- during intensive training
- to lose weight during a high protein diet
- to lower the risk of certain health problems such as cardiovascular disease
- or simply to enjoy a healthy, unique Canadian product
Seal meat is rich in protein, low in cholesterol (5mg / 100 g) and is sugar-free (0/100 g). With a protein content of between 23 g per 100 g (23%), the loin and the flipper have a protein rating of 62 and 57 respectively.
EXCELLENT SOURCE OF IRON
Regardless of the cut, seal meat is one of the best source of iron (heme iron), even exceeding the iron content of pig liver.[i] A serving of 100 g of seal loin contains 35.5 mg or 250% of the Recommended Daily Intake (RDI)[ii], while the flipper provides 130% of the RDI with 18.7 mg per serving of 100g.
Iron depletion is the most common deficiency in Canada and around the world. More than 30% of the world’s population are currently affected by iron deficiency. In Canada, more than 10% of women of reproductive age do not consume enough iron. [iii]
Symptoms of iron deficiency anemias may include[iv]:
- Reduced immune function and resistance to infection
- Impaired cognitive performance and behaviour
- Decreased thermoregulatory performance and energy metabolism
- Diminished exercise or work capacity
- Increased incidence of preterm deliveries and low birthweight infants
SOURCE OF MAGNESIUM AND ZINC
A serving of 100g of loin represents a good source of magnesium (20% of the RDI), zinc (18%), phosphorus (14%) and copper (10%). The loin contains 210 mg of potassium and 280 mg of sodium per serving, representing 6 and 12% of the RDI.
The flipper (or shoulder) represents an excellent source of magnesium and zinc with a 25% and a 40% of the RDI per 100g serving respectively. Like the loin, the flipper is a source of phosphorus (15% of the RDI), copper (6% of the RDI) and a source of potassium, containing 200 mg (6% AQR).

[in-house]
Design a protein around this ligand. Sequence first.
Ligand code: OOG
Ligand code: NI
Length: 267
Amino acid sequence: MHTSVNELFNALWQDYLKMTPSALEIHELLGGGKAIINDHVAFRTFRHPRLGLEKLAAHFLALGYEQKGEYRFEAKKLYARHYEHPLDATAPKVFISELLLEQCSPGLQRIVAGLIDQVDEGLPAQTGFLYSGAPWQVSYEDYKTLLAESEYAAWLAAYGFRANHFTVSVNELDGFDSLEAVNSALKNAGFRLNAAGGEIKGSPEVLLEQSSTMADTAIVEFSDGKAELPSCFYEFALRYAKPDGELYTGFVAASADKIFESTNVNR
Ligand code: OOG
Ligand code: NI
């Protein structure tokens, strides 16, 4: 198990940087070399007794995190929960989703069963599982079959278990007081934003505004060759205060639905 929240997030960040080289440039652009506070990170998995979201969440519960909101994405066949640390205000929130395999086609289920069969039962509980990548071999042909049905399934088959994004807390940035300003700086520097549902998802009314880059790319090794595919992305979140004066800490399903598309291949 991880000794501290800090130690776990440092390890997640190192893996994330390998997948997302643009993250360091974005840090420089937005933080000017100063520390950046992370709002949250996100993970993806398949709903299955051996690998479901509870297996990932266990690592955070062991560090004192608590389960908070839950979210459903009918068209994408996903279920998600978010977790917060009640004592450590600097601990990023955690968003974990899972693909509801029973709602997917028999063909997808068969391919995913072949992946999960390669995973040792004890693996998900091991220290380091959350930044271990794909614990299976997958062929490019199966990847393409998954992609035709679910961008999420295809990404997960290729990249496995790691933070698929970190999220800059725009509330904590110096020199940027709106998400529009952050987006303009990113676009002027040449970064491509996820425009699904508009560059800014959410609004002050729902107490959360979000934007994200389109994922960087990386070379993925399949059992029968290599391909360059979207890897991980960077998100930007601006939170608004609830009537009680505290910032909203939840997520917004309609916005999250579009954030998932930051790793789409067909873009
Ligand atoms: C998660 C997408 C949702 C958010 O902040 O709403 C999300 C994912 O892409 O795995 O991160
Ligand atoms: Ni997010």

On the other hand, since both cuts of meat already contain sodium, it is desirable to add little or no salt during their preparation.
LOW IN FAT
Seal meat has a very low fat content of up to 1g of lipids per 100g of meat. Almost half of these lipids come from the family of monounsaturated fatty acids (0.3g per serving of 100g) and omega-3 polyunsaturated fatty acids (0.1g per serving of 100g).
Harp Seal Loin
Harp Seal FLIPPER
NUTRITIONAL QUALITY OF SEAL MEAT AS COMPARED WITH OTHER MEATS
Did you know?
Seal meat is lean with less than 2% total fat compared to 23% for beef. On average, consumption of only 40 g seal meat covers the recommended daily intakes of iron and vitamin B-12 for young women. Due to its high iron content, seal meat is closer to a wild game like deer or moose than any seafood.
Seal meat is lean with less than 2% total fat compared to 23% for beef.
On average, consumption of only 40 g seal meat covers the recommended daily intakes of iron and vitamin B-12 for young women.
Due to its high iron content, seal meat is closer to a wild game like deer or moose than any seafood.
- [i] Pig liver: 18 mg of iron per 100 g
- [ii] The Reference Daily Intake (RDI) is the daily intake level of a nutrient considered to be sufficient to meet the requirements of healthy individuals.
- [iii] http://extenso.org/article/fer/: visited on September 23rd 2016.
- [iv] Statistics Canada: Iron sufficiency of Canadians. Government of Canada. http://www.statcan.gc.ca/pub/82-003-x/2012004/article/11742-eng.htm Visited on Nov. 27th 2016.
- [v] Évaluation nutritionnelle de la viande de loup-marin (Phoque du Groenland) MERINOV, Oct. 2016.
- [vi] Évaluation nutritionnelle de la viande de loup-marin (Phoque du Groenland) MERINOV, Oct. 2016.